1 of 5 | "Monarch: Legacy of Monsters" premieres Friday. Photo courtesy of Apple TV+
NEW YORK, Nov. 17 (UPI) -- Showrunner Chris Black says Monarch: Legacy of Monsters needs more than terrifying giant beasts to sustain a 10-hour television series. It also must have a compelling story and characters about whom viewers care.
The show spans three generations and more than half a century and stars Kurt Russell, Wyatt Russell, Anna Sawai, Kiersey Clemons, Ren Watabe, Mari Yamamoto, Anders Holm, Joe Tippett and Elisa Lasowski. It premieres Friday on Apple TV+.
At the heart of the adventure are siblings following in their father's footsteps in an attempt to uncover their family's connection to the secret organization known as Monarch in a world that lives in fear of havoc-wreaking creatures like Godzilla, King Kong and the other Titans.
"Those movies are so vast, and the expense is more than we could sustain," he said. "We needed to do something that you want to come back to again and again -- create an ensemble of characters and an unfolding mystery and a family that we wanted you to follow."
That's not to say there won't be any monster action, Black said.
"As much as we love Godzilla and want to see Godzilla and there is more Godzilla coming, you couldn't just have Godzilla fighting and stomping through city week after week," Black said.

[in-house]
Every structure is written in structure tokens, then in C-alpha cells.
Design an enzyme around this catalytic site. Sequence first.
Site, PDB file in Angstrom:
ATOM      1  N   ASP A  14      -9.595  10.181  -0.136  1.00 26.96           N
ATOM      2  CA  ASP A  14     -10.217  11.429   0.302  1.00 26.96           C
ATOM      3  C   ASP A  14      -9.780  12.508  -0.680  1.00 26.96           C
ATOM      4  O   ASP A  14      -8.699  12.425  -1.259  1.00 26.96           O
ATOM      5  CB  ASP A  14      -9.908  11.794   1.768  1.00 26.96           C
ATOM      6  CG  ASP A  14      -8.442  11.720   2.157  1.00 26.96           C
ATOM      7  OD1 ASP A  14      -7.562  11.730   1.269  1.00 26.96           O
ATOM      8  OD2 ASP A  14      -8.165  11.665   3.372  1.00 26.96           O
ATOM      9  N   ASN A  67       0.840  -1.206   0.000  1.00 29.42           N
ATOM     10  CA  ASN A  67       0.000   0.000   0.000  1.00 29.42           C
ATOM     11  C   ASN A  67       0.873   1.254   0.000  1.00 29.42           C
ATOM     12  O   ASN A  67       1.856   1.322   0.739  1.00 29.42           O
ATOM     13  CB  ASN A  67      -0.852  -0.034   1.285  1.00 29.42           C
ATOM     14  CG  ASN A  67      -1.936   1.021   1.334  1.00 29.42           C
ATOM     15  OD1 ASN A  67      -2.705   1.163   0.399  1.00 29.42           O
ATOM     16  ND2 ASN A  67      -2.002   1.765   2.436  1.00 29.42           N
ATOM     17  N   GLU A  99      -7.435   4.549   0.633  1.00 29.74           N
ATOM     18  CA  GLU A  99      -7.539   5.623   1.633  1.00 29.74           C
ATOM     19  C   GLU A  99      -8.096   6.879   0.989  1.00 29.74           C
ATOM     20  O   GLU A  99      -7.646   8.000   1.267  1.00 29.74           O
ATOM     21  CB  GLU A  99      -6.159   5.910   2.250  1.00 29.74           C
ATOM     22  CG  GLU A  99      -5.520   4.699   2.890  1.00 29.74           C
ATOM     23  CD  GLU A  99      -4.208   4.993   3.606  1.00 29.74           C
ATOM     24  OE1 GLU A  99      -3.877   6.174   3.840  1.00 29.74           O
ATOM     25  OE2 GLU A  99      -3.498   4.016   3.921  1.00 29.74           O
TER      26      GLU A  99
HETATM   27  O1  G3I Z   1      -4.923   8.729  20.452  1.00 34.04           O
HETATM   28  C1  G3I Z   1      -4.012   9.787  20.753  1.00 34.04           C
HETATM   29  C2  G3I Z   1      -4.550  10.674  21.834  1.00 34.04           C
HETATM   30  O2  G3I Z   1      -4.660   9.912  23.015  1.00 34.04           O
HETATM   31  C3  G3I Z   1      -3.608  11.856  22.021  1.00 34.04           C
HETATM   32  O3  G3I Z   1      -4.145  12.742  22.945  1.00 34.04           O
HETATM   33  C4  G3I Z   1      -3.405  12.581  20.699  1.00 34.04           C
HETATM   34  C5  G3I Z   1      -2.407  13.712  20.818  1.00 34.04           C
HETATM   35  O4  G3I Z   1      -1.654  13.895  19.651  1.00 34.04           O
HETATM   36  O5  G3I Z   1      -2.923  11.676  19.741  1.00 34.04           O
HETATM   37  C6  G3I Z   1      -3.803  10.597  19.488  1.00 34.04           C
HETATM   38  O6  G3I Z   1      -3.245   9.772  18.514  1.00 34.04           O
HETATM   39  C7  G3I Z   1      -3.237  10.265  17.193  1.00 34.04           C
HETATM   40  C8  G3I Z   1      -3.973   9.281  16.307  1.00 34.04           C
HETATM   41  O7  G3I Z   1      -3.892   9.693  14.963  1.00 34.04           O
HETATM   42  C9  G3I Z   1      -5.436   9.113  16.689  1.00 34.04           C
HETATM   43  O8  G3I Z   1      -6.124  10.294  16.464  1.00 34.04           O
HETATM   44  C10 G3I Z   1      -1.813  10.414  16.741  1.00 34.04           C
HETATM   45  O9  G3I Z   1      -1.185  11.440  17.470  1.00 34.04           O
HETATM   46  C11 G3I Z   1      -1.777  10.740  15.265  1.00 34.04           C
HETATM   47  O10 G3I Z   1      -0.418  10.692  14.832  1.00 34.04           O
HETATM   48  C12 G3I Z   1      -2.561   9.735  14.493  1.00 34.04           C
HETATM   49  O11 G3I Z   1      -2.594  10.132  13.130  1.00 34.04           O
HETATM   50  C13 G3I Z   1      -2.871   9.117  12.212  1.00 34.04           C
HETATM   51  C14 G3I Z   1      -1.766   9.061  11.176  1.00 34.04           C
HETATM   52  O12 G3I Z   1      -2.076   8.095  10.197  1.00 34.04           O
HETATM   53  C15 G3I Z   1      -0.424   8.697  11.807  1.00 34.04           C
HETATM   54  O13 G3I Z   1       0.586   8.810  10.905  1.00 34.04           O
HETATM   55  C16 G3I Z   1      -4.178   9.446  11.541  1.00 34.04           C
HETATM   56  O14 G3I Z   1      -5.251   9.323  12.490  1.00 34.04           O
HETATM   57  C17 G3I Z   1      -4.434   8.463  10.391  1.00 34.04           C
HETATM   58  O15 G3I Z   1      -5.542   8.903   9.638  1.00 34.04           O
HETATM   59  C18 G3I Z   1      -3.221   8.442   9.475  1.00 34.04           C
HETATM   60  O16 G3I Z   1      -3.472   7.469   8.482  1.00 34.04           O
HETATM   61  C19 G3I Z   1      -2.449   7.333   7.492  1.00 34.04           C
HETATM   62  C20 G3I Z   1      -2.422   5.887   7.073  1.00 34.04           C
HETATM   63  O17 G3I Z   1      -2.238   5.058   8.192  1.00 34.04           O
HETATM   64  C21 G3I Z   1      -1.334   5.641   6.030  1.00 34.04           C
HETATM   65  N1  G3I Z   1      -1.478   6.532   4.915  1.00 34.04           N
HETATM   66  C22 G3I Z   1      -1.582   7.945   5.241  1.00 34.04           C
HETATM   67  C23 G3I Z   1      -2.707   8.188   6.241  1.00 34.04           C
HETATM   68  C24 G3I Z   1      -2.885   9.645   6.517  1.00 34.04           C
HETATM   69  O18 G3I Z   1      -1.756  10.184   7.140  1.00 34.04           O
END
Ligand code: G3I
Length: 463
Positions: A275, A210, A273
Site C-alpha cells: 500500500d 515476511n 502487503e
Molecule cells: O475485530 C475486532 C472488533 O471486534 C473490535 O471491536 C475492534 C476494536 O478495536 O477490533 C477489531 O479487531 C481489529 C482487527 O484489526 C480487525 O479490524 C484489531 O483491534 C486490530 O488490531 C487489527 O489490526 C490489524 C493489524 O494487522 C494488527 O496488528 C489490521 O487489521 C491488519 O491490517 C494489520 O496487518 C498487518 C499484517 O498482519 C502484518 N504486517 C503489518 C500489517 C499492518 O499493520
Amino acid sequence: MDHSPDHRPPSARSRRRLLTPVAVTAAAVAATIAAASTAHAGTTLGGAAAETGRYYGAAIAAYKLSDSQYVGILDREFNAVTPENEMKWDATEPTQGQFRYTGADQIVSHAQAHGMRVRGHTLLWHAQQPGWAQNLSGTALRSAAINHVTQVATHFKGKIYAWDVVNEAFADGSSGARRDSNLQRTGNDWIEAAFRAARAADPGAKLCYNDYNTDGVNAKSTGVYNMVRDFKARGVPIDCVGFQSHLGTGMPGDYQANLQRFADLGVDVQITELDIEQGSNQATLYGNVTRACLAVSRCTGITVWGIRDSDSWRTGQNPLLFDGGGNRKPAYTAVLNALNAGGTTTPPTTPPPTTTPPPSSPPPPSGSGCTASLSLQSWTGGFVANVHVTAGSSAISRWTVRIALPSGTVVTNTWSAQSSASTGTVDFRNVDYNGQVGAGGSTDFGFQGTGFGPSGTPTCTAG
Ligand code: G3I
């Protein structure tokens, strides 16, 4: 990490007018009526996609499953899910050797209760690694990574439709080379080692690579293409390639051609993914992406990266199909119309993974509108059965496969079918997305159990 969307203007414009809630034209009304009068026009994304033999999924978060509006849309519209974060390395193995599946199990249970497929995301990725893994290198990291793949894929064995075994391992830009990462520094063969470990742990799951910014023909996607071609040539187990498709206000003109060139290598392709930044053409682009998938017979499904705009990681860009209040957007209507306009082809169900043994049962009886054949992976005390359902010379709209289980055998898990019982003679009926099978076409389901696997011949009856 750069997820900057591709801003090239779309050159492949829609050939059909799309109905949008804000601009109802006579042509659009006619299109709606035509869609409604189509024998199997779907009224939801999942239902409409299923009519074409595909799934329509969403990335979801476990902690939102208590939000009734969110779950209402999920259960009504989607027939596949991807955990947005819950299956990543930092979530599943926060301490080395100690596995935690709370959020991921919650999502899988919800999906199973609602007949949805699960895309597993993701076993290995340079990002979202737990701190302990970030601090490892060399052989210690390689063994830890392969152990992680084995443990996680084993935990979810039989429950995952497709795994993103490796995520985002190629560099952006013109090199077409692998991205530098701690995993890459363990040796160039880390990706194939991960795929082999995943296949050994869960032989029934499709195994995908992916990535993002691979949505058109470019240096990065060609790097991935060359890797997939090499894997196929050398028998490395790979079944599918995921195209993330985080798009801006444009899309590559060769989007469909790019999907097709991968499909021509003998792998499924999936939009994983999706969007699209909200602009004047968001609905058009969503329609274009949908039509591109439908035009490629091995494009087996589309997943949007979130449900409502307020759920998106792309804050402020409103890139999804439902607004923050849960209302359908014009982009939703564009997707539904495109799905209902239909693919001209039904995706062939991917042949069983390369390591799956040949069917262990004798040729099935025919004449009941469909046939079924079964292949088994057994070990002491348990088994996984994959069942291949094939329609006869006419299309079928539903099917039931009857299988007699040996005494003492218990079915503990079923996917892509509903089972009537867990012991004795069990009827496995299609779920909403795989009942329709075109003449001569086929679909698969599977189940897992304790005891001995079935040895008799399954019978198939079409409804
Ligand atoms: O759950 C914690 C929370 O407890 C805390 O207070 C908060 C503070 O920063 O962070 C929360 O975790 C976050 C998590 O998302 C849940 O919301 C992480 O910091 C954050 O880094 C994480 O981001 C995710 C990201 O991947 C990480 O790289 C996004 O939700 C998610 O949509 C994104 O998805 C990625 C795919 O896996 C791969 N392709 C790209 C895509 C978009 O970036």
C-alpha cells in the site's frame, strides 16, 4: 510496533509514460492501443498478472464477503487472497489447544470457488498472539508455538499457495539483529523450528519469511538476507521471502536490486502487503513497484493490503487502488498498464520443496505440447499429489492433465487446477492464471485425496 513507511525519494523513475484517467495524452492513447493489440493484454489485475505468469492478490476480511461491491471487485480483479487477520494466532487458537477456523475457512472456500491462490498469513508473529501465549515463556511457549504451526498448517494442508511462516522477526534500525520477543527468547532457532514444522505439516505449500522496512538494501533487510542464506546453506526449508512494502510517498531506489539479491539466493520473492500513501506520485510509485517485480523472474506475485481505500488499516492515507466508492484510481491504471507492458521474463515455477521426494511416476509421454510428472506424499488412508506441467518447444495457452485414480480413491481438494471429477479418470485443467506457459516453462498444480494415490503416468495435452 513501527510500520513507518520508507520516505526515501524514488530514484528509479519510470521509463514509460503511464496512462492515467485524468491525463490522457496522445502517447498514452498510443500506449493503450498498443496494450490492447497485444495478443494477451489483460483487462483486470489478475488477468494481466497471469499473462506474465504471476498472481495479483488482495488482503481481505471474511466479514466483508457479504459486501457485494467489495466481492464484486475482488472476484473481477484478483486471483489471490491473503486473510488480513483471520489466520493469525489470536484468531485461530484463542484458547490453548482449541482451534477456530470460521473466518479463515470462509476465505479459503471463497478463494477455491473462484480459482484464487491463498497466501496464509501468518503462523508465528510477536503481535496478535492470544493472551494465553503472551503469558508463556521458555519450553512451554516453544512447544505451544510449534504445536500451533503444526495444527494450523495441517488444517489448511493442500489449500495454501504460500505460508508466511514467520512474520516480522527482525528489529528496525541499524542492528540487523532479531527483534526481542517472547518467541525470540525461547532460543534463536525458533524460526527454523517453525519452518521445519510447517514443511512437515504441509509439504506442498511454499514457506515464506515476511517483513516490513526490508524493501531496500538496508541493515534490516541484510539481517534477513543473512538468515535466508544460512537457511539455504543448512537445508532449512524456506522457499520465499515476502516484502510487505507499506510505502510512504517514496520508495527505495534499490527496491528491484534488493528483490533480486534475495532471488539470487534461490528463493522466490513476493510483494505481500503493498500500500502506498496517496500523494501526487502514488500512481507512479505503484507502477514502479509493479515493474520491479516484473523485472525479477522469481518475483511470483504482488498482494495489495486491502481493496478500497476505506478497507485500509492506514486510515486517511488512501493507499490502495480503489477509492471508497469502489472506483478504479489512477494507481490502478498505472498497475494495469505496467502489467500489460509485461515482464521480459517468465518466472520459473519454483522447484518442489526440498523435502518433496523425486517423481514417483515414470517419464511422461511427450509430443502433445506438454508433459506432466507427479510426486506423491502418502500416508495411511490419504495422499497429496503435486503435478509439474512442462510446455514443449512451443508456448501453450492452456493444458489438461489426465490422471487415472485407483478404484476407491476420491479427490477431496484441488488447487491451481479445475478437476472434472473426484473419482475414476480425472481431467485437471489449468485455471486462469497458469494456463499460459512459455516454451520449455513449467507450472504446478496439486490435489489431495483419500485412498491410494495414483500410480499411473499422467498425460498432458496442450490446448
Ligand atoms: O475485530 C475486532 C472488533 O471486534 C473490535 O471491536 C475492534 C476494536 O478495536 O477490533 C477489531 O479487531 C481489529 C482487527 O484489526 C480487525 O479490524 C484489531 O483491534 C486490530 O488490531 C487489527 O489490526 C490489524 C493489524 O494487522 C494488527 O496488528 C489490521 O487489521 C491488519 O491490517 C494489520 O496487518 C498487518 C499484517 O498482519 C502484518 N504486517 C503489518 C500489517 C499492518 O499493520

Executive producer Tory Tunnell said that in addition to the family and monster angles, the show will look at the men and women who work at the shadowy titular agency.
"We're diving into how the organization was birthed," Tunnell said.
"Our timeline dances between the raindrops of the other movies and allows us to do a deep dive on characters who are consistent with the Monsterverse you know and love."
While the show's mythology corresponds with Legendary's recent Godzilla and King Kong blockbuster movies, its scaled-down, slower-burn approach is more appropriate for at-home viewing.
"Movies are spectacles. We buy tickets for them. We go out to see them with a lot of people. TV is something you invite into your home," Black's fellow showrunner Matt Fraction said.
"You have to have characters and a world you want to visit every week," he added. "That's the thing about the movies -- you always want to spend more time in that world where Godzilla is a thing you have to worry about every day. This is a chance to really build out the world for the Monsterverse and live in it the way the movies kind of can't."
Sean Konrad, the visual effects supervisor, said he and the filmmakers worked hard to make sure the series had an epic look.
"We have great movies as reference to draw from for how we do things like make our creatures feel huge and really in the environment," Konrad said.
"We want our characters to feel in the action," he added. "The creatures were a real challenge in figuring out how we could make them feel like they were in the universe with our actors and have the action feel like they have stakes and consequences."
The filmmakers first approached the Russells about playing the same character at different ages after hearing they were looking for something to work on together.
Black and Fraction met with the father and son at the restaurant, where the family was gathering for a birthday party.
They said they tried to let the actors go when Wyatt's mother, Goldie Hawn, and sister, Kate Hudson, as well as other famous guests, started to arrive, but the Russells insisted on continuing the meeting.
"[Kurt Russell] said: 'It's fine, it's fine. They're used to it,'" Fraction recalled. "It's a family of actors and performers."